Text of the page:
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Posted at 9:45 AM ET, 12/13/2010

Lonnie Bunch: What motivated South Carolina to secede so quickly?

By Lonnie Bunch

Founding director of the Smithsonian's National Museum of African American History and Culture.

Bunch

South Carolina was always a state where slavery and issues of race dominated its political structure, cultural life and economy. Slavery was so embedded in everything in South Carolina that it made sense for them to lead the secession movement.

In the 1830s South Carolina lead a nullification crisis where they attempted to threaten the United States over a tariff which they thought would affect slavery. It is the state where John C. Calhoun was their most important political figure. Calhoun was a Senator who held fervent pro-slavery views. Leading up to the eve of the Civil War, South Carolina felt that it had the most to lose when Lincoln became President because slavery was so crucial to their lives and they felt it would be abolished. There was also the tremendous influence from the planter class who began to dominate the way many South Carolinians thought. The planter class had more political clout than people up in Columbia, the state capital, and in some ways, they got to model the kind of behavior that the rest of South Carolina followed. Along with the political leadership that came out of the planter class, there was sensitivity about what federal government interference would mean. All of this leads Edmund Ruffin, a member of the planter class and slaveholder, to fire the first shot of the Civil War at Fort Sumter.

It is also important to note that South Carolina had an extremely large black population. That black, mainly slave, population also contributed to a sense of unease. What would happen if all of those enslaved Africans suddenly became free? Would they strike out? Would there be a blood bath?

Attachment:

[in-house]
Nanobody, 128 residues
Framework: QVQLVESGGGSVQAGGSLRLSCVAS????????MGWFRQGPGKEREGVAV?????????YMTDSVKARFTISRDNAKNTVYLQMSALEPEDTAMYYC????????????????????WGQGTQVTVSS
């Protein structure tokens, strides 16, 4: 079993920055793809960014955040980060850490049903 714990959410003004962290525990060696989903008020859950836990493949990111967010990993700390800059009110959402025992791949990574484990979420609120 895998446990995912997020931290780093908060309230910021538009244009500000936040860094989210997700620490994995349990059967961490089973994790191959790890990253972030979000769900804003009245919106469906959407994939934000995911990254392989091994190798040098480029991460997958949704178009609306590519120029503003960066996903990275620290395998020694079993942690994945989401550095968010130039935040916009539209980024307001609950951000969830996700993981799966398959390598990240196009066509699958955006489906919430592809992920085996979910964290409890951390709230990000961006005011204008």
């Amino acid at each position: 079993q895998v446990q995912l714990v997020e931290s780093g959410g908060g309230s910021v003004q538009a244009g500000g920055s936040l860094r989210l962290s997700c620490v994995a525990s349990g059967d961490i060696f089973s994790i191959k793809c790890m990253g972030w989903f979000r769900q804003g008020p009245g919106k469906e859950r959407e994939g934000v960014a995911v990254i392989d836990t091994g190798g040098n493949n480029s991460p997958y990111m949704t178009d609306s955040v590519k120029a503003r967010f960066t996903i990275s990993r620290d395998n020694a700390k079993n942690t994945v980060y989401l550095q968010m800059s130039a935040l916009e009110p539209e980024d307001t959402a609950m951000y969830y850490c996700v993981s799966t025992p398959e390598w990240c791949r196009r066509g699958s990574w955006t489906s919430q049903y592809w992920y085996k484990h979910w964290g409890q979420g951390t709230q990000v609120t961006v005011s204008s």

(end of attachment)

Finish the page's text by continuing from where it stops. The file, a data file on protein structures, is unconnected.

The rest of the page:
Even into the 19th century, when the population begins to shift, you still had black majorities in large areas along the rice plantations above Georgetown, adding to the fear among whites. Those fears were not entirely unfounded. One of the most important slave revolts, the Stono Rebellion of 1739, terrified South Carolina. That was followed in 1822 by the planned revolt of a slave named Denmark Vesey in Charleston. Although that plot was thwarted, there remained a jittery state containing a large black population and whites terrified that any government interference would lead to insurrections or the death of their way of life. That is why South Carolina was so aggressive about seceding from the Union

By Lonnie Bunch  | December 13, 2010; 9:45 AM ET
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